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Ruth Bader Ginsburg throws cold water on Democrats' latest constitutional amendment push: 'I would like to start over'


Deadlines matter

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House Democrats are trying to eliminate the ratification deadline for a constitutional amendment that expired more than 30 years ago, but one of the Supreme Court's left-leaning jurists says that the whole effort just needs to start over from the beginning.

At a Monday event at Georgetown University celebrating the centennial of the 19th Amendment, Justice Ruth Bader Ginsburg was asked about her prognosis for the future of adding an Equal Rights Amendment to the United States Constitution.

"I would like to see a new beginning," the justice said. "I would like to start over."

The Equal Rights Amendment — which said that "equality of rights under the law shall not be denied or abridged by the United States or any State on account of sex" — was passed by Congress in 1972 and was given a seven-year deadline followed by a three-year extension for the requisite three quarters states to sign on. By the time the extended deadline expired in 1982, only 35 of the 38 states necessary had ratified it.

"There is too much controversy about latecomers — Virginia — long after the deadline passed," Ginsburg said Monday, "Plus, a number of states have withdrawn their ratification; so if you count a latecomer on the plus side, how can you disregard states that said, 'We have changed our minds'?"

Five states — Tennessee, Nebraska, Kentucky, Idaho, and South Dakota — have withdrawn support for the amendment since ratification.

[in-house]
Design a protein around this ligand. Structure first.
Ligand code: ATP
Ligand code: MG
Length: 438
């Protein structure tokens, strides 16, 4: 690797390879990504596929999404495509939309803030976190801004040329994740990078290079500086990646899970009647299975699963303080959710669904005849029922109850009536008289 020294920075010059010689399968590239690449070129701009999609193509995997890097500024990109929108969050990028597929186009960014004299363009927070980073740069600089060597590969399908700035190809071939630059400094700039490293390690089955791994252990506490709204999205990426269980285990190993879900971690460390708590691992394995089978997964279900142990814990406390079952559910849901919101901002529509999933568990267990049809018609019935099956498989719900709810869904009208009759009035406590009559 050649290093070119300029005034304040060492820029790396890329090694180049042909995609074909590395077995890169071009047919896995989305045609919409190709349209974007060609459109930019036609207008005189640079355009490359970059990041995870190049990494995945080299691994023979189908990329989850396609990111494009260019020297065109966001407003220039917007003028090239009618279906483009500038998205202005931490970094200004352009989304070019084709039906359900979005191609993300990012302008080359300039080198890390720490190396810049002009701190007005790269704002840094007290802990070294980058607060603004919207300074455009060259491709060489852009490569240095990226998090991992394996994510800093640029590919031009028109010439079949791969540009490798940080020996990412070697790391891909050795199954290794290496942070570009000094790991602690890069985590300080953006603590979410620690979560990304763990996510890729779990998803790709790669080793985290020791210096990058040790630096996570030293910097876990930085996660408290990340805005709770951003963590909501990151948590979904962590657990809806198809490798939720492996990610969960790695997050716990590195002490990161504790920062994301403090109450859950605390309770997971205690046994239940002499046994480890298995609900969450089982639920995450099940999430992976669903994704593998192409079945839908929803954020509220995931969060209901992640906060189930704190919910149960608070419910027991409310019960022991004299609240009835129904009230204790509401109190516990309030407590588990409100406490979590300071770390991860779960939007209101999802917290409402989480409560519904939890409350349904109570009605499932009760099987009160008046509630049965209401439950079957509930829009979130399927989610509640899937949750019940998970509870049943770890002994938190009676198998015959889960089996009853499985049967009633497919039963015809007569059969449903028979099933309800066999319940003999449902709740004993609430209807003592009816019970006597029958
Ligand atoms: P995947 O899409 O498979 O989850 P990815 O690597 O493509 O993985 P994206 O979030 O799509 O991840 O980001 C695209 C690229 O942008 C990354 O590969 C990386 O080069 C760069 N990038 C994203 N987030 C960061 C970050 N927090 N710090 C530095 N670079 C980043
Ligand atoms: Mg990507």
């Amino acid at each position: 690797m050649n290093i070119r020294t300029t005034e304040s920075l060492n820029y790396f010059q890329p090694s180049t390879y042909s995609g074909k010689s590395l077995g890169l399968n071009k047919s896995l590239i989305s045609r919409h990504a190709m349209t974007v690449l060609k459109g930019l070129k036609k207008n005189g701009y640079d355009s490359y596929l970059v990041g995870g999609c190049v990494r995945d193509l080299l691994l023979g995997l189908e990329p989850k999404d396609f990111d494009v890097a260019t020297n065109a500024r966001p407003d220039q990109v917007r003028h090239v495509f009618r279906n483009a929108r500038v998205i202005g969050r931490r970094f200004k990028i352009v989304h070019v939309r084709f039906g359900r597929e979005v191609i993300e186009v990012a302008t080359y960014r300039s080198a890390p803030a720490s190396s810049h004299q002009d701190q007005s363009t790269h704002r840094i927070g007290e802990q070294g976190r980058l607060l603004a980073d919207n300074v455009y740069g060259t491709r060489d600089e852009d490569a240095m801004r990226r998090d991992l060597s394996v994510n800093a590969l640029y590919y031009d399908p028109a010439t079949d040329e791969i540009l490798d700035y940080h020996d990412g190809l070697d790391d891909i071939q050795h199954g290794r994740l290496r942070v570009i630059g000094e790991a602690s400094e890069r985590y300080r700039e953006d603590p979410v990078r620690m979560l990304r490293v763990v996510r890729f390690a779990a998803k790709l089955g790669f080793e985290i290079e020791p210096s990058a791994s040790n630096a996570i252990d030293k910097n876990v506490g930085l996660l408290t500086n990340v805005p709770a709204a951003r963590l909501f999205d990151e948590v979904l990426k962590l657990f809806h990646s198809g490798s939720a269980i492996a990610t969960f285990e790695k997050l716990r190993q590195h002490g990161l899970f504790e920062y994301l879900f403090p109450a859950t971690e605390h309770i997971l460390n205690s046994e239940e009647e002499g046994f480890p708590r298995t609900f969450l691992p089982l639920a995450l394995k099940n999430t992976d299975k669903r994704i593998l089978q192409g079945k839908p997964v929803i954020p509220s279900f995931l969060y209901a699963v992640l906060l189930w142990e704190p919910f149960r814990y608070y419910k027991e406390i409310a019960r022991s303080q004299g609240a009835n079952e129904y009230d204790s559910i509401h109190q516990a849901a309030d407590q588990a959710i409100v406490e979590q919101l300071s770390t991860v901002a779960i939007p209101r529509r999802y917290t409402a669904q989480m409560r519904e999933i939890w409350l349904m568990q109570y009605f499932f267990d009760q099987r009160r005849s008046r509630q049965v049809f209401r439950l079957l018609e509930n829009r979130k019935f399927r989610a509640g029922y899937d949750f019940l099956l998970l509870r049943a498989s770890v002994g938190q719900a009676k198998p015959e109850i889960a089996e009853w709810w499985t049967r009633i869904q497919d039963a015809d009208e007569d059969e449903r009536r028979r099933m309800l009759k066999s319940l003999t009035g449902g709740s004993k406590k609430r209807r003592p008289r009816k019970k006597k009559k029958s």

The expired ratification deadline has become a point of contention as, in recent years, other states have moved to ratify the amendment. Nevada ratified it in 2017, as did Illinois in 2018. Virginia's Legislature ratified the measure in January, bringing the total number of ratifications to 38, and once again raising the question about whether or not those ratifications count.

The Democratic attorneys general of Virginia, Nevada, and Illinois filed a lawsuit in federal court in January, arguing that the Constitution doesn't place deadlines on amendments and that the deadline wasn't included on the article that was sent to the states.

However, the Trump administration has argued that the issue died almost 40 years ago when the deadline expired.

"Congress has constitutional authority to impose a deadline for ratifying a proposed constitutional amendment," a Justice Department Office of Legal Counsel opinion last month stated. "It exercised this authority when proposing the Equal Rights Amendment and, because three-fourths of the state legislatures did not ratify before the deadline that Congress imposed, the Equal Rights Amendment has failed of adoption and is no longer pending before the States."

Meanwhile, the Democrat-led House of Representatives is expected to pass a resolution this week intended to simply eliminate the deadline.

Outside of the constitutional debate about the ratification process, critics of the amendment have warned that it could be used as an effort to bolster abortion.

"It would enshrine abortion in our Constitution for all nine months — even during the birth of a child — and could force taxpayers, including Feminists for Life, to pay for abortions," Feminists for Life of America President Serrin Foster wrote at The Washington Examiner. "Abortion is a betrayal of feminism."

A 2018 paper from the Charlotte Lozier Institute says that the ERA is seen by many as an effort to protect abortion rights in case the Supreme Court ever does away with the "weak prop" of the Roe v. Wade decision.

"Because legal abortion has no actual constitutional authority, abortionists and their Congressional allies are convinced they need to add the ERA to the Constitution to keep abortion 'legal,'" the paper contends. "Taking a radical short cut to this goal is, in their view, self-justifying."

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